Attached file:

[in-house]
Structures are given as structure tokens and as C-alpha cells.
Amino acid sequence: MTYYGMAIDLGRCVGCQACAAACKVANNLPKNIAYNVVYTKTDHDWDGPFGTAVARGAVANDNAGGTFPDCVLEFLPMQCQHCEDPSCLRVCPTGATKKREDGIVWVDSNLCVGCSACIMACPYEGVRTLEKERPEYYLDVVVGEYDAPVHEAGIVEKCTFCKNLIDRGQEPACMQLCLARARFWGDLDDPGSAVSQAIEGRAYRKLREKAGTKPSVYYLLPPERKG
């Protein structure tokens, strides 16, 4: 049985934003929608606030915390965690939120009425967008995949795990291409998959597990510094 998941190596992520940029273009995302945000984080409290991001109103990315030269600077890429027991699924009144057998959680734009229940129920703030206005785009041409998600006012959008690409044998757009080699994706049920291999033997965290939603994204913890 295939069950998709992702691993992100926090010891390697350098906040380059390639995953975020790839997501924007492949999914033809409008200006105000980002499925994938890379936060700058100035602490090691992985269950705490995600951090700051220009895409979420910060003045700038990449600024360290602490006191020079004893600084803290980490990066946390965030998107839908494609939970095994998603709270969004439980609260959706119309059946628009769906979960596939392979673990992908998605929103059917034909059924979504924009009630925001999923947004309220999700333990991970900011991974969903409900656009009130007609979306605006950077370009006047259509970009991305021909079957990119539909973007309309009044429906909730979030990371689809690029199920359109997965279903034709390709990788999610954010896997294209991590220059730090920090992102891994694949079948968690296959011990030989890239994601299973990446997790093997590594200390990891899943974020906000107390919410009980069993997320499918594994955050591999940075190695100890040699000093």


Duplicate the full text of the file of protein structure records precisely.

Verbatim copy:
[in-house]
Structures are given as structure tokens and as C-alpha cells.
Amino acid sequence: MTYYGMAIDLGRCVGCQACAAACKVANNLPKNIAYNVVYTKTDHDWDGPFGTAVARGAVANDNAGGTFPDCVLEFLPMQCQHCEDPSCLRVCPTGATKKREDGIVWVDSNLCVGCSACIMACPYEGVRTLEKERPEYYLDVVVGEYDAPVHEAGIVEKCTFCKNLIDRGQEPACMQLCLARARFWGDLDDPGSAVSQAIEGRAYRKLREKAGTKPSVYYLLPPERKG
């Protein structure tokens, strides 16, 4: 049985934003929608606030915390965690939120009425967008995949795990291409998959597990510094 998941190596992520940029273009995302945000984080409290991001109103990315030269600077890429027991699924009144057998959680734009229940129920703030206005785009041409998600006012959008690409044998757009080699994706049920291999033997965290939603994204913890 295939069950998709992702691993992100926090010891390697350098906040380059390639995953975020790839997501924007492949999914033809409008200006105000980002499925994938890379936060700058100035602490090691992985269950705490995600951090700051220009895409979420910060003045700038990449600024360290602490006191020079004893600084803290980490990066946390965030998107839908494609939970095994998603709270969004439980609260959706119309059946628009769906979960596939392979673990992908998605929103059917034909059924979504924009009630925001999923947004309220999700333990991970900011991974969903409900656009009130007609979306605006950077370009006047259509970009991305021909079957990119539909973007309309009044429906909730979030990371689809690029199920359109997965279903034709390709990788999610954010896997294209991590220059730090920090992102891994694949079948968690296959011990030989890239994601299973990446997790093997590594200390990891899943974020906000107390919410009980069993997320499918594994955050591999940075190695100890040699000093």